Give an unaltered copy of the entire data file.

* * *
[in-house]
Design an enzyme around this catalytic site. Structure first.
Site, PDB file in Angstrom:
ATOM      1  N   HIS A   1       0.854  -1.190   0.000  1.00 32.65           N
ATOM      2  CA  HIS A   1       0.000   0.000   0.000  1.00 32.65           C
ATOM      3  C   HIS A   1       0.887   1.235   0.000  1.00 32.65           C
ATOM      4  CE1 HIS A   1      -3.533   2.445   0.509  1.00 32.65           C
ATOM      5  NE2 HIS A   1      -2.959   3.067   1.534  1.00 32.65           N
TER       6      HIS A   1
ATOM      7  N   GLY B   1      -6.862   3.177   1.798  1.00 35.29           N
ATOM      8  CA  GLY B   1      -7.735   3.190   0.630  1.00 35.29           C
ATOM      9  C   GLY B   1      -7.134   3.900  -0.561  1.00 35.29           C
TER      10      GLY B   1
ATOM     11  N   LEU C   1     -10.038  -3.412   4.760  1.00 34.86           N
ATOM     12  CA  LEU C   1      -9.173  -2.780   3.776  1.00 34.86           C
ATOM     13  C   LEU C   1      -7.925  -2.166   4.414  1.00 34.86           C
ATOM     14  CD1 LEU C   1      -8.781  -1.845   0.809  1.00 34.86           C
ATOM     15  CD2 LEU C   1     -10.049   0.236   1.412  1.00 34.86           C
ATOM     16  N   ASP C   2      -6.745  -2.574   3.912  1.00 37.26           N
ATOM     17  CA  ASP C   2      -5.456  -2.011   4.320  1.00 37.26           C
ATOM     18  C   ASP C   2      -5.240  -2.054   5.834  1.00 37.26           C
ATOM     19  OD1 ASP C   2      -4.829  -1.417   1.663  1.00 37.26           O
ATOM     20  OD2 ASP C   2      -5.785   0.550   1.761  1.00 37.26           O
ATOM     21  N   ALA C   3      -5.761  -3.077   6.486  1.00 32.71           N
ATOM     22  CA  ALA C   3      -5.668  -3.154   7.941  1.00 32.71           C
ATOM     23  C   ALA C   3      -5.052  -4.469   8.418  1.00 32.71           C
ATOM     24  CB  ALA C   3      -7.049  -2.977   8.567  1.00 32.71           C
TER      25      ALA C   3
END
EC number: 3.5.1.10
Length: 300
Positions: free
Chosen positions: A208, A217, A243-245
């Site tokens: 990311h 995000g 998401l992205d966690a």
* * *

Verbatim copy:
[in-house]
Design an enzyme around this catalytic site. Structure first.
Site, PDB file in Angstrom:
ATOM      1  N   HIS A   1       0.854  -1.190   0.000  1.00 32.65           N
ATOM      2  CA  HIS A   1       0.000   0.000   0.000  1.00 32.65           C
ATOM      3  C   HIS A   1       0.887   1.235   0.000  1.00 32.65           C
ATOM      4  CE1 HIS A   1      -3.533   2.445   0.509  1.00 32.65           C
ATOM      5  NE2 HIS A   1      -2.959   3.067   1.534  1.00 32.65           N
TER       6      HIS A   1
ATOM      7  N   GLY B   1      -6.862   3.177   1.798  1.00 35.29           N
ATOM      8  CA  GLY B   1      -7.735   3.190   0.630  1.00 35.29           C
ATOM      9  C   GLY B   1      -7.134   3.900  -0.561  1.00 35.29           C
TER      10      GLY B   1
ATOM     11  N   LEU C   1     -10.038  -3.412   4.760  1.00 34.86           N
ATOM     12  CA  LEU C   1      -9.173  -2.780   3.776  1.00 34.86           C
ATOM     13  C   LEU C   1      -7.925  -2.166   4.414  1.00 34.86           C
ATOM     14  CD1 LEU C   1      -8.781  -1.845   0.809  1.00 34.86           C
ATOM     15  CD2 LEU C   1     -10.049   0.236   1.412  1.00 34.86           C
ATOM     16  N   ASP C   2      -6.745  -2.574   3.912  1.00 37.26           N
ATOM     17  CA  ASP C   2      -5.456  -2.011   4.320  1.00 37.26           C
ATOM     18  C   ASP C   2      -5.240  -2.054   5.834  1.00 37.26           C
ATOM     19  OD1 ASP C   2      -4.829  -1.417   1.663  1.00 37.26           O
ATOM     20  OD2 ASP C   2      -5.785   0.550   1.761  1.00 37.26           O
ATOM     21  N   ALA C   3      -5.761  -3.077   6.486  1.00 32.71           N
ATOM     22  CA  ALA C   3      -5.668  -3.154   7.941  1.00 32.71           C
ATOM     23  C   ALA C   3      -5.052  -4.469   8.418  1.00 32.71           C
ATOM     24  CB  ALA C   3      -7.049  -2.977   8.567  1.00 32.71           C
TER      25      ALA C   3
END
EC number: 3.5.1.10
Length: 300
Positions: free
Chosen positions: A208, A217, A243-245
């Site tokens: 990311h 995000g 998401l992205d966690a």